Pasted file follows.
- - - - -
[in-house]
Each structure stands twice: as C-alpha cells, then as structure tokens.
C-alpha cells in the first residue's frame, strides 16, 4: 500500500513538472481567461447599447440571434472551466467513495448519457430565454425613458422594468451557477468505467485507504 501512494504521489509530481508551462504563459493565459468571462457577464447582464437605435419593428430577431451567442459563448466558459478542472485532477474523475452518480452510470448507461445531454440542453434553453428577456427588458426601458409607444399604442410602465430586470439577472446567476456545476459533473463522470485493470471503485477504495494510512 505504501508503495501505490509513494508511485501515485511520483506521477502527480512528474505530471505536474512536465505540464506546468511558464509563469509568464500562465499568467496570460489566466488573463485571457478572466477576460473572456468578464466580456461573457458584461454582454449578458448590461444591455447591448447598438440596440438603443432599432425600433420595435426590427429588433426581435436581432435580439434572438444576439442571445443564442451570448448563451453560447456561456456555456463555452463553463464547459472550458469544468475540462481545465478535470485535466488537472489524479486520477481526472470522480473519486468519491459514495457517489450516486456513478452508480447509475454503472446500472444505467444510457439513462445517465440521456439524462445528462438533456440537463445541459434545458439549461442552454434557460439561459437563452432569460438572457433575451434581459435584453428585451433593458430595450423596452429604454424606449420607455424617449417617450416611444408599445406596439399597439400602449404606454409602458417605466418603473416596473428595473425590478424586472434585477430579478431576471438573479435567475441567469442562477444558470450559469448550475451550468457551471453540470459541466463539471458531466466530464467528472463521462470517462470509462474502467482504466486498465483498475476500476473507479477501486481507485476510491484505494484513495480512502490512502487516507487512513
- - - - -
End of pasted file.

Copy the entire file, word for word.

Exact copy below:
[in-house]
Each structure stands twice: as C-alpha cells, then as structure tokens.
C-alpha cells in the first residue's frame, strides 16, 4: 500500500513538472481567461447599447440571434472551466467513495448519457430565454425613458422594468451557477468505467485507504 501512494504521489509530481508551462504563459493565459468571462457577464447582464437605435419593428430577431451567442459563448466558459478542472485532477474523475452518480452510470448507461445531454440542453434553453428577456427588458426601458409607444399604442410602465430586470439577472446567476456545476459533473463522470485493470471503485477504495494510512 505504501508503495501505490509513494508511485501515485511520483506521477502527480512528474505530471505536474512536465505540464506546468511558464509563469509568464500562465499568467496570460489566466488573463485571457478572466477576460473572456468578464466580456461573457458584461454582454449578458448590461444591455447591448447598438440596440438603443432599432425600433420595435426590427429588433426581435436581432435580439434572438444576439442571445443564442451570448448563451453560447456561456456555456463555452463553463464547459472550458469544468475540462481545465478535470485535466488537472489524479486520477481526472470522480473519486468519491459514495457517489450516486456513478452508480447509475454503472446500472444505467444510457439513462445517465440521456439524462445528462438533456440537463445541459434545458439549461442552454434557460439561459437563452432569460438572457433575451434581459435584453428585451433593458430595450423596452429604454424606449420607455424617449417617450416611444408599445406596439399597439400602449404606454409602458417605466418603473416596473428595473425590478424586472434585477430579478431576471438573479435567475441567469442562477444558470450559469448550475451550468457551471453540470459541466463539471458531466466530464467528472463521462470517462470509462474502467482504466486498465483498475476500476473507479477501486481507485476510491484505494484513495480512502490512502487516507487512513